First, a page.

Soldiers need to know how to keep themselves fit and healthy so we explored the 3 things every tactical athlete must know during our seminar at the Canadian Grenadier Guards. I spent a Tuesday night with coach LP explaining to soldiers of the Canadian Grenadier Guards the importance of strength training, sleep and self-myofascial release. This seminar is part of my “Keeping Our Warfighters Fighting” protocol for members of the military.
What Is A Tactical Athlete?
A tactical athlete is a person with the physical ability, stamina and strength to function on the battlefield.
Tactical athletes possess:
- High levels of physical endurance
- Exceptional stamina
- Excellent agility and mobility
- Superior levels of strength
- Extraordinary mental toughness
Basically, in order to be a good soldier, you need to be a good athlete. This may come as a shock but soldiering is hard AF. Combat arms troops know this better than their Air Force counterparts (I can’t help myself to take a shot there). The reality on the ground for an infantry troop is that it’s going to be extremely physically demanding. In order to be able to close with and destroy an enemy, the 5 attributes above must be well-dialled in.
I’m a firm believer that we can dramatically improve the morale and lethality of our military if we just focused on not letting our soldiers break. The research exists. It just needs some “out of the box” leadership to apply some low-touch, high-value protocols at the section and unit level. This is why I love going to units like the CGG to share some of these simple protocols so that a handful of their troops can avoid the avoidable consequences I fell prey to.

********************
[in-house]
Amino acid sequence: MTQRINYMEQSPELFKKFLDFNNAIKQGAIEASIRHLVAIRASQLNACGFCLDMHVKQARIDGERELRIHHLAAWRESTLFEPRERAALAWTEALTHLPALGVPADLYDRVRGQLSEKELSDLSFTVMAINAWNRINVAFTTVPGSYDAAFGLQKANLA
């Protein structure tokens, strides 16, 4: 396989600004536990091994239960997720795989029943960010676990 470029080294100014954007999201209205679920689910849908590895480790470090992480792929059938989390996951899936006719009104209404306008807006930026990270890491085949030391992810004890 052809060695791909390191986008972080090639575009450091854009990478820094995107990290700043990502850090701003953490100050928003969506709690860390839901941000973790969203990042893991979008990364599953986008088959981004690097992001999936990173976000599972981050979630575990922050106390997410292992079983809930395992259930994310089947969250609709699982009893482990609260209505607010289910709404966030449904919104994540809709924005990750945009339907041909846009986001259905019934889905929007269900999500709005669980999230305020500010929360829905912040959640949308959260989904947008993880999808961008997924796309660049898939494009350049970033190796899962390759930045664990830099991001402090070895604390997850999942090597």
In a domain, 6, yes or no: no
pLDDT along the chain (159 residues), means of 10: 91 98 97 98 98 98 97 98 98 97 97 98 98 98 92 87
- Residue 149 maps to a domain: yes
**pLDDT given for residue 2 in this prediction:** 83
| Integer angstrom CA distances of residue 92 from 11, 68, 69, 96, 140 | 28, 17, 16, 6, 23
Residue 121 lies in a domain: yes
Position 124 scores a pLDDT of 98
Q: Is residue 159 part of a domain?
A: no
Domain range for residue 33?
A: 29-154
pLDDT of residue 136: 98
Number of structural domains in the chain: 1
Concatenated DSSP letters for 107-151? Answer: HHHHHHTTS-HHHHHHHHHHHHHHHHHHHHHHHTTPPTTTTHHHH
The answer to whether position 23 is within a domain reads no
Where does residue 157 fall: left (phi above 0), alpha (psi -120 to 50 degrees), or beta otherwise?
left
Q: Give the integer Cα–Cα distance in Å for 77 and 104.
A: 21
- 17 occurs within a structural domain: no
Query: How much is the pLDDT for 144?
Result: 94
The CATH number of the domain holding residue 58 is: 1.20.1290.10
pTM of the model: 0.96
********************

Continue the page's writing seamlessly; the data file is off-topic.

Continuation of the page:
- In the Canadian Armed Forces, we have approximately two thousand medical releases every year and 60% of those are released due to physical injuries.
- The average battle load of a British infantry soldier has progressively increased since the Boer War; from 27kg to a whopping 56kg or 123 lbs in Afghanistan.
- Limited ankle dorsiflexion increases the risk for mid-portion Achilles tendinopathy in infantry recruits.
- Increased body mass 98kg v. 87kg, significantly reduces failure rates on tactical police selection.
A 2.4km run time slower than 11 mins significantly increases the chances of injury.
Dr. Kelly Starrett, who has been a guest on The Hard To Kill Podcast numerous times, has worked with loads of American military units and said the following on my podcast:
What we need to do is say…here is the most robust a person we can create, in this moment and we’re going to minimize the degradation of this person during this combat mission. They’re gonna get back and we’re going to help rebuild that system to the best of our ability. Our hypothesis is that we can do better. If we have someone in the Marine Corps not retire on full disability, that’s a win.” – Dr. Kelly Starrett
The 3 Things Every Tactical Athlete Must Know
How To Sleep
“Sleep Or Die – The 30 Minutes That Might Save Your Life”
I had a chat with Dr. Kirk Parsley on The Hard To Kill Podcast about how he helped his Navy SEALs overcome their irritability, loss of strength and chronic pain issues through the power of sleep. As a Navy SEAL himself, he knew the effects poor sleep can have on his performance.
Here are the main takeaways for sleep:
- No sleep equals no growth (no muscle mass)
- No growth equals no testosterone
- No testosterone equals fat, tired, unhealthy
- Fix it tonite and do these 3 things:
- Make your bedroom cold (<18 deg C)
- Make your bedroom really dark (no lights from electronics)
- No cell phone, tablet, or laptop 2 hrs before bedtime
How To Eat
“Use Your D*ck Beaters For Something Productive”
I’ve struggled with my weight since I was a kid. Now that i’m in my 40s it’s even harder to maintain a stable weight without a solid set of SOPs for nutrition. The easiest way to ensure you get the right amount of macro and micro nutrients every day is to use my FPT method.